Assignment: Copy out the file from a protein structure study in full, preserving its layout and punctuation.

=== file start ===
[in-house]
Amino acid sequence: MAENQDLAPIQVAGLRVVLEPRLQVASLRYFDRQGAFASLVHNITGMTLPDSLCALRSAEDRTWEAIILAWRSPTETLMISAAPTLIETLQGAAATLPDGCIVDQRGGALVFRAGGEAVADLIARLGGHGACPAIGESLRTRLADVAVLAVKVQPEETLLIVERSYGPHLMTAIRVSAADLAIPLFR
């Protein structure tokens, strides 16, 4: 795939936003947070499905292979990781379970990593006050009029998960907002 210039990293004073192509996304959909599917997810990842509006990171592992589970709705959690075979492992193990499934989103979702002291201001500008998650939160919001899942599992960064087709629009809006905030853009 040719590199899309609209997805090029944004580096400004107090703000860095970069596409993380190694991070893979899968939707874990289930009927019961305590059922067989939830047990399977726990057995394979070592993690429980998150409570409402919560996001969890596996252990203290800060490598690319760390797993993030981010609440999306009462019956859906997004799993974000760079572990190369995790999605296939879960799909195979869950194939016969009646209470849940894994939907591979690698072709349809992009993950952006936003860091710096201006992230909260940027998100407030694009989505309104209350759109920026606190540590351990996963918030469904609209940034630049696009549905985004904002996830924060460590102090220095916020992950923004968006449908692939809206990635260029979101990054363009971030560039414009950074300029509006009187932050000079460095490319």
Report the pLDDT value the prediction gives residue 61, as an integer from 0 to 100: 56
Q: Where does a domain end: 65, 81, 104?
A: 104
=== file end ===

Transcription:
[in-house]
Amino acid sequence: MAENQDLAPIQVAGLRVVLEPRLQVASLRYFDRQGAFASLVHNITGMTLPDSLCALRSAEDRTWEAIILAWRSPTETLMISAAPTLIETLQGAAATLPDGCIVDQRGGALVFRAGGEAVADLIARLGGHGACPAIGESLRTRLADVAVLAVKVQPEETLLIVERSYGPHLMTAIRVSAADLAIPLFR
């Protein structure tokens, strides 16, 4: 795939936003947070499905292979990781379970990593006050009029998960907002 210039990293004073192509996304959909599917997810990842509006990171592992589970709705959690075979492992193990499934989103979702002291201001500008998650939160919001899942599992960064087709629009809006905030853009 040719590199899309609209997805090029944004580096400004107090703000860095970069596409993380190694991070893979899968939707874990289930009927019961305590059922067989939830047990399977726990057995394979070592993690429980998150409570409402919560996001969890596996252990203290800060490598690319760390797993993030981010609440999306009462019956859906997004799993974000760079572990190369995790999605296939879960799909195979869950194939016969009646209470849940894994939907591979690698072709349809992009993950952006936003860091710096201006992230909260940027998100407030694009989505309104209350759109920026606190540590351990996963918030469904609209940034630049696009549905985004904002996830924060460590102090220095916020992950923004968006449908692939809206990635260029979101990054363009971030560039414009950074300029509006009187932050000079460095490319």
Report the pLDDT value the prediction gives residue 61, as an integer from 0 to 100: 56
Q: Where does a domain end: 65, 81, 104?
A: 104